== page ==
I suggested to Levick that there were still certain unique advantages that only traditional reporting can offer. “Well, then, I guess the story of how the Isaiah Thomas trade went down would have happened somewhere else,” he politely scoffed. “That, to me, was a piece of journalism that would never have been told through a sports reporter. They weren’t going to get access to that story. And it’s an amazing story.”
Sean Conboy is an intense, handsome, wide-eyed true believer who wears all black. At 31, he is the executive editor of The Players’ Tribune, which means he’s the chief ghostwriter, responsible for many of the articles that have gone viral. He has a desk somewhere, I assume, but whenever I caught him at the office, he and his laptop were itinerant. The first time I saw him, he was on a couch near a Pop-A-Shot basketball hoop, plotting a coming business trip to Madrid. The next time we sat entombed together in a fishbowl meeting room that at least felt, and may indeed have been, soundproof.
Conboy had previously worked at Wired and Sports Illustrated and was brought in before The Players’ Tribune concept had been publicly revealed, while athletes were still being recruited as investors. He remembers thinking, as it was explained to him in his first sit-down, that it could be interesting. “Or,” he recalled thinking, “it could be terrible!” Now he oversees a team of 10 out of an overall staff of nearly 80. They’ve developed a few routine practices to attempt, as best as possible, to simulate an editor-writer relationship with the athlete. They push to get direct cell numbers and emails. They warn of the commitment to come. “We say off the bat, this is not a dashed off thing,” he said. “This isn’t a transcript of an interview. You’re signing up for a partnership. We wanna make a movie.”
Sometimes, the athletes “come in hot” with a draft or even just a long text message; other times, the athletes first want to talk through a difficult experience. When the former N.H.L. goalie Corey Hirsch wrote about the undiagnosed obsessive-compulsive disorder that nearly pushed him to drive his car off a cliff, he spoke with Conboy five or six times. (Hockey has been the source of a number of The Players’ Tribune’s best stories, churning out compelling characters at a rate incommensurate with its place in the culture at large: The former Bruins enforcer Shawn Thornton once provided an anecdote about his Parkinson’s-afflicted grandmother trying to talk him into letting her slug some booze out of the Stanley Cup.) Hirsch first revealed his story without being sure he would actually go through with publishing it. He was nervous about how his family would perceive it; and he nearly pulled it. That risk is part of the process at The Players’ Tribune: Whether it’s video or print, athletes have final cut and can kill a whole project. But Hirsch went through with it, and his article has been read more than a million times.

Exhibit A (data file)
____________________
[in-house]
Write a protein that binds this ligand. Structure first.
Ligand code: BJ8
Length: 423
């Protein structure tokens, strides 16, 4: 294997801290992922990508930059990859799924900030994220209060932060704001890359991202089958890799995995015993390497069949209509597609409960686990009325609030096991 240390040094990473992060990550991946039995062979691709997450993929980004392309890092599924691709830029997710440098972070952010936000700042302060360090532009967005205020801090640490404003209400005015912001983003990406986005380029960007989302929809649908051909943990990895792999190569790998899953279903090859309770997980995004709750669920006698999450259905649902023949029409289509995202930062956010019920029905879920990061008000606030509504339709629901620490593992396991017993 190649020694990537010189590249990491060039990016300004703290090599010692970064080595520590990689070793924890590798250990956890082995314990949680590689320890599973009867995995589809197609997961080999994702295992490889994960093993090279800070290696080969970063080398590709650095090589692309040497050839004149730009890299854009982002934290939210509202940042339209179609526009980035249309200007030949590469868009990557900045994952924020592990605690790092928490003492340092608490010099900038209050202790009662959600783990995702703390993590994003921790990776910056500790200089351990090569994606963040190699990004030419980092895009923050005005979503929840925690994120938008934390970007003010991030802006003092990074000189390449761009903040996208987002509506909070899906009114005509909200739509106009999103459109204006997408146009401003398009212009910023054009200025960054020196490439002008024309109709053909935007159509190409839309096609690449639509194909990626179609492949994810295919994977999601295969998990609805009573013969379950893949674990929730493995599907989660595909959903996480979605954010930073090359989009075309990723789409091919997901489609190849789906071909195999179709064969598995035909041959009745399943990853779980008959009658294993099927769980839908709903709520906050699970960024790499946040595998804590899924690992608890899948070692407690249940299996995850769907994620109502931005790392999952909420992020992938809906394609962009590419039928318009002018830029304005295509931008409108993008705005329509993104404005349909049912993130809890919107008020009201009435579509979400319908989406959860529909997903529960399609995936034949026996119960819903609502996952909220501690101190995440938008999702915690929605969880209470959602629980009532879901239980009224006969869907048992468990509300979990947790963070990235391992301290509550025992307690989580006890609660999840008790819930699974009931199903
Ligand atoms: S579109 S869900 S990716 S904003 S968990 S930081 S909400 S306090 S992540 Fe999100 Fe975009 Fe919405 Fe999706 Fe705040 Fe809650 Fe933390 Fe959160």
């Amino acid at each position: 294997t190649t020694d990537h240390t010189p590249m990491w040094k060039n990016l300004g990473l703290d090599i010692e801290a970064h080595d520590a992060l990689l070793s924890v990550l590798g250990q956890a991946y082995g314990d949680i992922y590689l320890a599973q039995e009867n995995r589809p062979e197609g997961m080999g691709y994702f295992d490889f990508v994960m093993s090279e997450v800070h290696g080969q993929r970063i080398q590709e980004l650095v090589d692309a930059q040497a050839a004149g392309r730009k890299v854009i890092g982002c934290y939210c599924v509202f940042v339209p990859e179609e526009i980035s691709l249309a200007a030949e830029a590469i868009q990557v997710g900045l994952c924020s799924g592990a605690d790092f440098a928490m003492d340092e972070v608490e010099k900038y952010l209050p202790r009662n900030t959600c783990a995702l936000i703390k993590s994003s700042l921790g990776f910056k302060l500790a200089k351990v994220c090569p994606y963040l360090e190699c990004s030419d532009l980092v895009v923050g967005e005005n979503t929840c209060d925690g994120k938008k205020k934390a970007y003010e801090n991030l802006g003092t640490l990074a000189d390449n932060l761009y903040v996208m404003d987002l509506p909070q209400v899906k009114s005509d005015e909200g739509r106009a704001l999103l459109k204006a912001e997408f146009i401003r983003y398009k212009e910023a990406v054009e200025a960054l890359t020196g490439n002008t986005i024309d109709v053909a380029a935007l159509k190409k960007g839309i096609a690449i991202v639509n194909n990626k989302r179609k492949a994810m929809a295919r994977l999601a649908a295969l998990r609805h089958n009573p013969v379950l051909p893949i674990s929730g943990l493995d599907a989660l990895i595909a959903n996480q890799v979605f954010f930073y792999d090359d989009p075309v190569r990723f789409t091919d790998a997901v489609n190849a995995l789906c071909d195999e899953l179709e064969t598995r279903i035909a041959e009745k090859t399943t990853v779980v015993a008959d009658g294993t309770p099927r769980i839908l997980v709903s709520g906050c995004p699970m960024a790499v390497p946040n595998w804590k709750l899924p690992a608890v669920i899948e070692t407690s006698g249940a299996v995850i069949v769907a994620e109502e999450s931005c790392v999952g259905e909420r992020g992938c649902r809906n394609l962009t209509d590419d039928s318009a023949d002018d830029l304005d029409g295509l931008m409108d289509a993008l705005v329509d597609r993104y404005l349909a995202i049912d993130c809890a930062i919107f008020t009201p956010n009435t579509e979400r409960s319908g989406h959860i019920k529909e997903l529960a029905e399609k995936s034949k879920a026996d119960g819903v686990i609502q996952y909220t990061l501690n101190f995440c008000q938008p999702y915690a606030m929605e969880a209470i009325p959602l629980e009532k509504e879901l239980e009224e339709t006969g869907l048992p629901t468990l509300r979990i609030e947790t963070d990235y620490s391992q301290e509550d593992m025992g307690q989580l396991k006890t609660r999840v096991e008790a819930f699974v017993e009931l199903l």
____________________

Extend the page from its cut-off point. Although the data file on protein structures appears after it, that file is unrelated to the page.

Like Hirsch, the Miami Heat shooting guard Dion Waiters is not a player familiar to casual fans. But his April 2017 essay is perhaps the best thing the site has published. Waiters is a famously overconfident shooter — a chucker. In the article, through tales of violence, doubt, heartbreak and nausea, he doesn’t bother defending himself. Instead, he doubles down. “I see what people say about me,” he writes. “I see the GIFs and all that. They say, ‘He never seen a shot he don’t like.’ ‘He’s got irrational confidence.’ ‘He thinks he’s the best player in the N.B.A.’ Hell yeah I do.” The essay was published during the N.B.A. playoffs, but the Heat’s season was already over. The title of the piece: “The N.B.A. Is Lucky I’m Home Doing Damn Articles.”
After Conboy finishes his ghostwriting, a lot of athletes can get judicious, carefully pruning or deleting moments of oversharing. “We want athletes that go in the Google Doc and just go to town,” he told me. “That’s the best version of this.” He recalled Isaiah Thomas’s writing his first piece for the site. “It was 1 a.m. East Coast time, and he’s texting about line edits,” Conboy said. “ ‘Move this around. What if this was said this way.’ ” Some players even act just like prima donna magazine writers and fight with their editors over every word. “Kobe writes his own drafts,” Conboy said, smiling. “Literally, he writes his own drafts.”
But most don’t. In fact, the process, as Conboy described it to me, was oddly familiar. For the Waiters story, Conboy and his subject went out for cheese steaks in Philly, then later did a two-hour interview. “Profile writing, it’s not easy,” he said, picking his words carefully. “You’re not getting two hours anymore hardly anywhere.” But Conboy could. Effectively, The Players’ Tribune has found a way to simulate the access of olden times by putting control in the hands of the wealthy and attractive subjects. In a way, Conboy did profile Waiters. He just didn’t receive the byline.
The Players’ Tribune has an annual tradition called the “athlete board meeting.” It’s open to just about anyone in the biz; a big room full of obscure Olympians and megastars, retired and active, male and female alike. They hold it in Los Angeles every July, the week of ESPN’s awards show, the ESPYs. This past year’s meeting was led by Bryant, one of the company’s more enthusiastic investors. (A member of the editorial staff told me about an early meeting in Los Angeles, purportedly just a low-key hang to kick around story ideas; Bryant showed up via helicopter with a small black notebook that he quickly filled as he proceeded to ask an intense stream of highly informed digital-media-strategy questions.) At one point, Levick recalls, Bryant threw out a question to the room: “ ‘What keeps you up at night?’ ” One of the athletes responded, “ ‘The thing that keeps me up at night is that my legacy will only be what people see on the field. That they won’t know me for all the other things that are interesting to me.’ And all these hands went up. ‘Totally.’ ‘Totally.’ ‘That worries me so much.’ ”